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Typical workers must worry that drinking too much coffee will keep them awake at night. But night-shift nurses are up all night anyhow. Does that make coffee the night-shift nurse's best friend? Like all important relationships, the answer to that question is, "It's complicated."
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Certainly recent research has revealed that coffee doesn't cause overwhelming damage for anyone except in mass quantities. Internet rumors notwithstanding, coffee won't actually poison you on its own, according to the Kentucky Poison Control Center. (Though powdered caffeine purchased online can present a bigger risk, delivering the jolt of around 25 cups of coffee with just one teaspoon, according to the FDA.)
Another study led by Florida Atlantic University's Christine E. Spadola demonstrated that drinking coffee has far less drag on sleep than nicotine or alcohol. The research, which involved input from Emory University, found "people who used nicotine and alcohol within four hours of going to bed felt the largest impact on their sleep cycle, even when controlling for age, gender, stress, and other factors."
Recent studies have also demonstrated that people who drink two or three cups of coffee per day live longer, and a 2010 study showed caffeine intake reduces errors among night-shift workers.
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That all sounds good, doesn't it? But now comes the "it's complicated" part. Coffee contains caffeine, and caffeine is a central nervous stimulant. That means it has a huge impact on your sleep patterns and even your heart rate. And like anything, lots of coffee can certainly become too much of a good thing.
There's some debate on whether the study that showed drinking more than six cups of coffee per day bumps up your risk of cardiovascular disease holds up. But even the authors of a conflicting study that said people who drank 25 cups a day didn't suffer heart issues recommend against indulging in those amounts, ever.
That leaves night shift nurses trying to balance the benefits of drinking coffee with the downsides of drinking too much. And when you work at night, you've got the extra considerations of messed up sleep-wake cues and a higher likelihood of trying to function with sleep deprivation.
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According to a position statement from the American Nursing Association reported in American Nurse Today, sleep disorders like insomnia are one of the many chronic medical conditions that can be exaggerated by shift work. "The negative effects of shift work arise primarily from circadian rhythm disruption, sleep deprivation, and impaired melatonin production," the ANA said. To combat this aspect of Shift Work Syndrome, it recommended that "shift workers can help adjust to their schedules by avoiding caffeine, nicotine, and alcohol intake for at least five hours before bedtime." Other research suggests limiting coffee to two or three cups per day for maximum health benefits.
There are other ways to make sure that coffee is a friend, not a foe, when you work nights. Jenny Askew, a cancer survivor and registered dietitian at Balance Fitness and Nutrition in Alpharetta commiserated with night shift nurses. "Night shifts are so hard I wouldn't dare tell you not to drink coffee," Askew noted. "But you may want to start thinking of coffee less in terms of 'How can I rev myself up?' and more in terms of 'How do I take care of myself?' You're taking care of other people so you need to feel good, not just stretch yourself to do far more than your body wants using coffee."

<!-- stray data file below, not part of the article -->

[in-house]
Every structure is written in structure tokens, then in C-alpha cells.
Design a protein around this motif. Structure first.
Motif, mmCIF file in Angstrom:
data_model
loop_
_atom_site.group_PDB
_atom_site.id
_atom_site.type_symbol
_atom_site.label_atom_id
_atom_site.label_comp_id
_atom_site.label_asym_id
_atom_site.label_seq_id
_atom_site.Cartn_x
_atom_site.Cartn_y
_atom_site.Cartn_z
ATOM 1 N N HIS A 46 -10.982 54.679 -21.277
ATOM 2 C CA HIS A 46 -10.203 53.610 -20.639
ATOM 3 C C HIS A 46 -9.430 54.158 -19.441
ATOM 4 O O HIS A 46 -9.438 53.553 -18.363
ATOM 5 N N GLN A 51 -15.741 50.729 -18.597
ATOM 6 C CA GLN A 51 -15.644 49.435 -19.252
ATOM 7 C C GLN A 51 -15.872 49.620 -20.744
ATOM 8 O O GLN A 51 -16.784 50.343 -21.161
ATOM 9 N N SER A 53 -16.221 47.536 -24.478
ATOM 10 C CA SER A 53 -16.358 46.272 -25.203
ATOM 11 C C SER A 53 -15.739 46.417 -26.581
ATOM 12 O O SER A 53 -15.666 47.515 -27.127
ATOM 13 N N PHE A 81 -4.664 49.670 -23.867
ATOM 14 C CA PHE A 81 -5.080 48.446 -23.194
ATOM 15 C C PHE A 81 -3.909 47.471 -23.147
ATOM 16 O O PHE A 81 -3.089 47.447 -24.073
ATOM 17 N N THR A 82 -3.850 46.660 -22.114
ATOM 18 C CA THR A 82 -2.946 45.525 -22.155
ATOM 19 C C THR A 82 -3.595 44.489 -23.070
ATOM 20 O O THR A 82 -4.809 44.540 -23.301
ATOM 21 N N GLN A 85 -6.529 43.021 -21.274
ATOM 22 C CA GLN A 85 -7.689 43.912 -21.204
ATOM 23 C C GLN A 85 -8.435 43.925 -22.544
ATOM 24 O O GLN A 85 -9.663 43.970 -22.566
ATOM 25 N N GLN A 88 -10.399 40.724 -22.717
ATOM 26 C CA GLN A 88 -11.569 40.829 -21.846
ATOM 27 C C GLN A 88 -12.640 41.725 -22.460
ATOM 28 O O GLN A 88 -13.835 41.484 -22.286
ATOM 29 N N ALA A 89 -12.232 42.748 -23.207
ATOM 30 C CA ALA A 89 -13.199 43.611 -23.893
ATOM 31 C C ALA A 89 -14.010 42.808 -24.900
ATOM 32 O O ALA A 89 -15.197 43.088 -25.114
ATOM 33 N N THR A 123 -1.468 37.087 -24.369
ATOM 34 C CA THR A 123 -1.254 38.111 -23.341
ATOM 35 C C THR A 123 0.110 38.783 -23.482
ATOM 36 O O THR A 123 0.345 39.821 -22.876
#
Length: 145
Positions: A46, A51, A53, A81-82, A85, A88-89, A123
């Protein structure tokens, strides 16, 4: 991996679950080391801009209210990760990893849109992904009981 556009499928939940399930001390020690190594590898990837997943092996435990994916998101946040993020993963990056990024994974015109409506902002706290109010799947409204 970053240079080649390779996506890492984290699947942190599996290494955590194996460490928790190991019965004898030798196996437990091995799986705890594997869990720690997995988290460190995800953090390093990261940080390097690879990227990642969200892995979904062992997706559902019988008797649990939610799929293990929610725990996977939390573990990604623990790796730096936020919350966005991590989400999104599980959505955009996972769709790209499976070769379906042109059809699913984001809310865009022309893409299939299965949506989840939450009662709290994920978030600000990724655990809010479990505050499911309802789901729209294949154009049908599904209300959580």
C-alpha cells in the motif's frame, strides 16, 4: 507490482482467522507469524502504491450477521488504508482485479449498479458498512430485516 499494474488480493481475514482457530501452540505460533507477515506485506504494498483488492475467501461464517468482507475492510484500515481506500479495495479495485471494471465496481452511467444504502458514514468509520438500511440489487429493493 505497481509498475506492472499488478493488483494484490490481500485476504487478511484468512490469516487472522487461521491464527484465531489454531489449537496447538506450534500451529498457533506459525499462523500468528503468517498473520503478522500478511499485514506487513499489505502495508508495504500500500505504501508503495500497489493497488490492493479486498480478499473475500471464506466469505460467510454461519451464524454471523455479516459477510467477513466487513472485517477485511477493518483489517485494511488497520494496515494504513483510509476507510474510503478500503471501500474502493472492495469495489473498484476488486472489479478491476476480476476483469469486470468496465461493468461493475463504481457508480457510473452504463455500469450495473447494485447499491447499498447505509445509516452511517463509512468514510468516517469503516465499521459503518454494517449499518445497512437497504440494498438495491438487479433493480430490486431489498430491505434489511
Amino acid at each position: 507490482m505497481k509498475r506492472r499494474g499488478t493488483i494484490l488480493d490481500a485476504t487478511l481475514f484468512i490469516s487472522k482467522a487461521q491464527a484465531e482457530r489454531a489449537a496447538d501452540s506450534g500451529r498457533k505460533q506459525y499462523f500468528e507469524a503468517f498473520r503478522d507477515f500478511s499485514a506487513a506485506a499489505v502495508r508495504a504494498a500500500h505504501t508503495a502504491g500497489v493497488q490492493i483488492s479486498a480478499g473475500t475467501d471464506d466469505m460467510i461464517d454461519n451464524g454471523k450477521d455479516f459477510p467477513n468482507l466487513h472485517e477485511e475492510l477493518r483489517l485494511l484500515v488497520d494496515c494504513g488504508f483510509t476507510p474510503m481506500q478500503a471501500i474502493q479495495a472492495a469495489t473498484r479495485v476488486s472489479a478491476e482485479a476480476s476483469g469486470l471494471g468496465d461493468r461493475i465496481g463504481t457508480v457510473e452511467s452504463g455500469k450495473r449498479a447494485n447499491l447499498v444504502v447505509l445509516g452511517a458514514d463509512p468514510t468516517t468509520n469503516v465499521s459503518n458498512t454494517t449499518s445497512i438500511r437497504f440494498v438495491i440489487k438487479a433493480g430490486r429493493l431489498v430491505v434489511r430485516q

Here are her tips for getting the benefits of coffee without sabotaging your sleep or energy:
Treat your first cup like you would at any job. "If you need it to get going, drink and enjoy!" Askew encouraged. "A cup when you're just starting your shift is fine, just like it would be if you had any other job."
Limit end of shift coffee. Switch to water or at least a decaffeinated beverage in the last few hours of your shift, Askew recommended. "Treat it like any other job, only at a different time of day." Even though the rest of the world will be waking up as you leave work, your bedtime is coming right up.
Along with skipping caffeine for at least the four or five hours before bed, Askew cautioned night-shift nurses to cut out the screen time as bedtime draws near. Both tactics will help you get better sleep, even if you're trying to sleep in daylight hours. "Instead of thinking about whether you're drinking coffee, it's more helpful to focus on the sleep habits that are conducive to being well-rested," she said. "Getting six to eight hours of sleep is what's really essential."
Pack some nutrient-dense snacks. Part of taking care of you so you can take care of others is maintaining your energy levels. It all gets back to setting yourself to feel restored and energetic, versus trying to rev yourself up with caffeine when you're sleep-deprived and undernourished, Askew added.
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For night-shift nurses, nutrient-dense foods replenish your energy far more than a second, third or fourteenth cup of copy, she pointed out. "Those nurses stations are notoriously bad, with everyone always giving nurses lots of food and night shift being so tired. It's set up for sabotage. And nurses are one of those professions where it's so hard to even have time to eat," she added. "As much as you can, I would advise packing your own food for work if you're a night-shift nurse. I'm sure there are terrible things you could also be bringing from home, but in general, you're bound to have much healthier options with your own selections than you would at work, especially overnight."
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